What is a Dark Market?

Silk Road and beyond: how bitcoin and the dark web are evolving

Dark Markets

 Two words will be indelibly etched on the minds of many people following bitcoin: Silk Road. This was the original dark market, and it became notorious for enabling people to sell drugs and other illegal items online. But, what is a dark market, and how does one work?

By themselves, dark markets aren’t necessarily illegal. They are simply digital marketplaces, created using the same kinds of technologies that typically underpin bitcoin.

At the very least, they will accept bitcoin as a method of payment, because of its quasi-anonymous characteristics.

Having said that, most dark markets quickly become illegal, because of the kinds of products that they allow vendors to sell. As soon as a digital marketplace allows for the trafficking of drugs, weaponry or other illegal items, then it is breaking the law, and law enforcement officials will quickly get interested.

Silk Road

That’s what happened with Silk Road, which was one of the first – if not the first – dark market on the web. Created by Ross Ulbricht, it was a digital marketplace that connected vendors of illegal drugs with potential buyers. Vendors would advertise their wares on listings maintained by Silk Road, which was similar to the kinds of listings you might find on any legitimate e-commerce marketplace.

When someone decided to buy drugs via the website, they generally wouldn’t want to send money directly to that person.

Drug peddling isn’t exactly a trustworthy business, and everyone who advertised and purchased using Silk Road was anonymous. This would have made it very easy for crooks to make off with customers’ money without sending any goods and return.

To solve this problem, Silk Road provided an escrow service.

Customers buying drugs from vendors who listed on Silk Road would send their funds to Silk Road, instead of the vendor. The website would then hold these funds until the customer confirmed that they have received what they had ordered. Then, Silk Road would release the funds to the vendor.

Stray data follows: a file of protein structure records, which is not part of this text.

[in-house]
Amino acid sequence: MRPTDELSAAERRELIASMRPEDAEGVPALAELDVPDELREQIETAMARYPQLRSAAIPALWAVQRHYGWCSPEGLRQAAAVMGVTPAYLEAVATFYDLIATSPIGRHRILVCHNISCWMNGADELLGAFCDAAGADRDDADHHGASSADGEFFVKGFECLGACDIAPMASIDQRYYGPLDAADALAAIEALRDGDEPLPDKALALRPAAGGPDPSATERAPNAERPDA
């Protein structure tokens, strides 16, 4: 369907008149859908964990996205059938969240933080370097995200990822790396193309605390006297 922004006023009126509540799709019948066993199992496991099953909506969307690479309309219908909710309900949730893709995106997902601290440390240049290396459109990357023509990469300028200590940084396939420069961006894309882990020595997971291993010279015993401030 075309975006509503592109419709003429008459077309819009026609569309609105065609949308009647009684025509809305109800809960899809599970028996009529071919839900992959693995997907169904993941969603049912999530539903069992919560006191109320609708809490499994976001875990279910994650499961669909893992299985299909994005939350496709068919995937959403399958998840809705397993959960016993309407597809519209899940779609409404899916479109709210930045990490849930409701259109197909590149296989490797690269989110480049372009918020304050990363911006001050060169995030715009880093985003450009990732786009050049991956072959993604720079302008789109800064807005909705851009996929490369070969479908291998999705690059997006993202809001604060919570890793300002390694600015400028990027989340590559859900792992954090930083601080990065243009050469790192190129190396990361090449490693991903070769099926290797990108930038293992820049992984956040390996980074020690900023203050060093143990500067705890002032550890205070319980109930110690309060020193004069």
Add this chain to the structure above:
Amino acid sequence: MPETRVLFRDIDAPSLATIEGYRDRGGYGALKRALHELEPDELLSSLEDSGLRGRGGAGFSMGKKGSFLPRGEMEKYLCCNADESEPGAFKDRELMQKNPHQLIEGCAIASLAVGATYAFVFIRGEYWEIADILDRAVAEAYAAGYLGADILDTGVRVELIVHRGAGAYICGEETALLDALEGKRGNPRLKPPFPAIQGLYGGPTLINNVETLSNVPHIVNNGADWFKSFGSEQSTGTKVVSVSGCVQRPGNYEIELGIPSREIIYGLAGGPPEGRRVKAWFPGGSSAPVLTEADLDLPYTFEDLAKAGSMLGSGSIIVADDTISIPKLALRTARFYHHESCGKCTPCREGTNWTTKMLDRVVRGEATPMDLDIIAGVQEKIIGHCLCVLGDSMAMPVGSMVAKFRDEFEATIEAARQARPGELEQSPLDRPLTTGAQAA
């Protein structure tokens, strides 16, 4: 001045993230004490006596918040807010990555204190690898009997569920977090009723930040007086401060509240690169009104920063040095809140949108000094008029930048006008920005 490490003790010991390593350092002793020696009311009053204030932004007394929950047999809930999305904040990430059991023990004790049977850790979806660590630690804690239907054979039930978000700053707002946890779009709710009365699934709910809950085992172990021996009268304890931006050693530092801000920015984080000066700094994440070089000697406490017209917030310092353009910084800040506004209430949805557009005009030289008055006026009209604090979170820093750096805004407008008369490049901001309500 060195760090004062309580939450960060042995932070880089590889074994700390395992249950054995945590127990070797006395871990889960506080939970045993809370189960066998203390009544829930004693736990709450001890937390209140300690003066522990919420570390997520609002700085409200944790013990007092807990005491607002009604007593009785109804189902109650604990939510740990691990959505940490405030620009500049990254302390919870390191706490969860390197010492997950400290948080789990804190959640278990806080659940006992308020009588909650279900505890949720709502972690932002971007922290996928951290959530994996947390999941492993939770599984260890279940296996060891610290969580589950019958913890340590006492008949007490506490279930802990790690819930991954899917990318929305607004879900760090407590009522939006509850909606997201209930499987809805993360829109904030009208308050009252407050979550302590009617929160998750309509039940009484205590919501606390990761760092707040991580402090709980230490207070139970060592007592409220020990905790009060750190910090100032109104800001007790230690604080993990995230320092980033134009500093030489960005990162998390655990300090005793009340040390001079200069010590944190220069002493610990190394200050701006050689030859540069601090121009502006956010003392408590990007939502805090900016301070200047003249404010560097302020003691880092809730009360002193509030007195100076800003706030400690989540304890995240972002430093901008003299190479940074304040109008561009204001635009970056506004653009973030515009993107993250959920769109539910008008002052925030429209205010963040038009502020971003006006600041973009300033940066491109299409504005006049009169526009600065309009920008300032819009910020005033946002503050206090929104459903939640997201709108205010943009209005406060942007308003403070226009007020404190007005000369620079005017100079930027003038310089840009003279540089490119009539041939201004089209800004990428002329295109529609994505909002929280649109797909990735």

The funds were always sent in bitcoin, rather than fiat currency, because when used correctly, the network can provide a great degree of anonymity.

The drugs were normally sent by the Postal Service, either to PO boxes, or in the case of less paranoid customers, directly to their address. One of the first things that alerted law enforcement to the operation of Silk Road was a spike in the level of drugs being intercepted in the mail.

Silk Road wasn’t a decentralized marketplace, though. It ran on a computer controlled by Ulbricht. It was protected, though, because it ran on Tor, which is a communications protocol designed to offer anonymity to those who use it. Originally developed by the U.S. Navy, Tor has become popular among those wanting to protect their identities online.

The FBI eventually arrested Ulbricht by piecing together clues that they gathered from various places outside the Tor network.

Now, though, many more dark markets have sprung up, most of them dealing in drugs.

Dark Markets Under Attack

Aside from the fact that they are breaking the law, one of the biggest concerns around dark markets is that trustworthiness. In several cases, dark markets have suddenly vanished with millions of dollars in escrow funds, leaving customers out of pocket. Law enforcement is also getting better at targeting these dark markets and taking them down. In November 2014, Operation Onymous, international law enforcement operation, seized over 400 dark web domains. Dark markets including CannabisRoad, Blue Sky, and Hydra have been taken down.

Law enforcement says that it has found a way to target sites using Tor, although has refused to reveal how.

Dark markets continue to operate, and law enforcement continues to take them down, in a continuous game of cat and mouse.

Anyone considering engaging in illegal activity varieties marketplaces should be aware of the risks.